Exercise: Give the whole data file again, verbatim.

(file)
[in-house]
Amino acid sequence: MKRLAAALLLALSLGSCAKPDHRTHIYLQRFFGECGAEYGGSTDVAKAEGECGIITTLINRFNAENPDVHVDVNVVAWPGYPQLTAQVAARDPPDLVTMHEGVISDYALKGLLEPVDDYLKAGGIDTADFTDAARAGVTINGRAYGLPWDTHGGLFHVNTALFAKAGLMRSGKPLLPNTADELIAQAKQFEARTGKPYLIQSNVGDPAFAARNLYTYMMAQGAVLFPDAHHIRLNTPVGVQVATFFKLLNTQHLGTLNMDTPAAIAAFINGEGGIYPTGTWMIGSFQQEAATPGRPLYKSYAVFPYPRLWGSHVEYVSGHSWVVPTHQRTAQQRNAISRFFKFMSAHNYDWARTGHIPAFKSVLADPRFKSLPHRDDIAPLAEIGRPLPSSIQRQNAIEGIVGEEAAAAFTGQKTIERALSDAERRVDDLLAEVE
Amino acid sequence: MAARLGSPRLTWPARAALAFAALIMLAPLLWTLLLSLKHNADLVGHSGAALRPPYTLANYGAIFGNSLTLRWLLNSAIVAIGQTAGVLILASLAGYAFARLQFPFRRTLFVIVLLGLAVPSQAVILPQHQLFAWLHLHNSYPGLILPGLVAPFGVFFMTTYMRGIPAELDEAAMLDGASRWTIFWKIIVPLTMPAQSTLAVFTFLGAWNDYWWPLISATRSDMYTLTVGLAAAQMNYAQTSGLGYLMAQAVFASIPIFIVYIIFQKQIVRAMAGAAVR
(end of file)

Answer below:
[in-house]
Amino acid sequence: MKRLAAALLLALSLGSCAKPDHRTHIYLQRFFGECGAEYGGSTDVAKAEGECGIITTLINRFNAENPDVHVDVNVVAWPGYPQLTAQVAARDPPDLVTMHEGVISDYALKGLLEPVDDYLKAGGIDTADFTDAARAGVTINGRAYGLPWDTHGGLFHVNTALFAKAGLMRSGKPLLPNTADELIAQAKQFEARTGKPYLIQSNVGDPAFAARNLYTYMMAQGAVLFPDAHHIRLNTPVGVQVATFFKLLNTQHLGTLNMDTPAAIAAFINGEGGIYPTGTWMIGSFQQEAATPGRPLYKSYAVFPYPRLWGSHVEYVSGHSWVVPTHQRTAQQRNAISRFFKFMSAHNYDWARTGHIPAFKSVLADPRFKSLPHRDDIAPLAEIGRPLPSSIQRQNAIEGIVGEEAAAAFTGQKTIERALSDAERRVDDLLAEVE
Amino acid sequence: MAARLGSPRLTWPARAALAFAALIMLAPLLWTLLLSLKHNADLVGHSGAALRPPYTLANYGAIFGNSLTLRWLLNSAIVAIGQTAGVLILASLAGYAFARLQFPFRRTLFVIVLLGLAVPSQAVILPQHQLFAWLHLHNSYPGLILPGLVAPFGVFFMTTYMRGIPAELDEAAMLDGASRWTIFWKIIVPLTMPAQSTLAVFTFLGAWNDYWWPLISATRSDMYTLTVGLAAAQMNYAQTSGLGYLMAQAVFASIPIFIVYIIFQKQIVRAMAGAAVR